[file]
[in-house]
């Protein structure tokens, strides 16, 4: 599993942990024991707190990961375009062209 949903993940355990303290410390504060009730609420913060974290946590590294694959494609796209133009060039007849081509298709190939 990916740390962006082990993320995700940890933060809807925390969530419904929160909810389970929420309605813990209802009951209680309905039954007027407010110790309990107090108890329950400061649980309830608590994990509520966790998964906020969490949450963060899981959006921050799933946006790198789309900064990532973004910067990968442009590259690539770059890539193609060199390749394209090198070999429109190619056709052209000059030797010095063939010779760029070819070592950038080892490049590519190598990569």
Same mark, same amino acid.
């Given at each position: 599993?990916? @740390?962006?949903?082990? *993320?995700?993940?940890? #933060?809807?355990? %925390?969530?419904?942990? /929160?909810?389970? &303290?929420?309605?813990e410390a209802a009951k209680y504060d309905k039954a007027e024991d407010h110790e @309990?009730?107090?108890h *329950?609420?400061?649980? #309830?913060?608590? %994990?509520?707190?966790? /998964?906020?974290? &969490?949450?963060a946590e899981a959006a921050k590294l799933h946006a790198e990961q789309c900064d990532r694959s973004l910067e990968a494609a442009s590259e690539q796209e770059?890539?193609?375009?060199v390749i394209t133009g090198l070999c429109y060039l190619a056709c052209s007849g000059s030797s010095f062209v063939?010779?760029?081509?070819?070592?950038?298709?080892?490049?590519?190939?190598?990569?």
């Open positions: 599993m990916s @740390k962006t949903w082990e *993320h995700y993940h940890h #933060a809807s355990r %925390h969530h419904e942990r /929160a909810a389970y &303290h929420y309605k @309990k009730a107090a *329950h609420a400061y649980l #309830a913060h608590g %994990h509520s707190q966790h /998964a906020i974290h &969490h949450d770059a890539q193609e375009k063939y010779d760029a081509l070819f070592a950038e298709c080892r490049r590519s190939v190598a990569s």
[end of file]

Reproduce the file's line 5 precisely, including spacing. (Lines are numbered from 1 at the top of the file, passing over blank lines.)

């Open positions: 599993m990916s @740390k962006t949903w082990e *993320h995700y993940h940890h #933060a809807s355990r %925390h969530h419904e942990r /929160a909810a389970y &303290h929420y309605k @309990k009730a107090a *329950h609420a400061y649980l #309830a913060h608590g %994990h509520s707190q966790h /998964a906020i974290h &969490h949450d770059a890539q193609e375009k063939y010779d760029a081509l070819f070592a950038e298709c080892r490049r590519s190939v190598a990569s």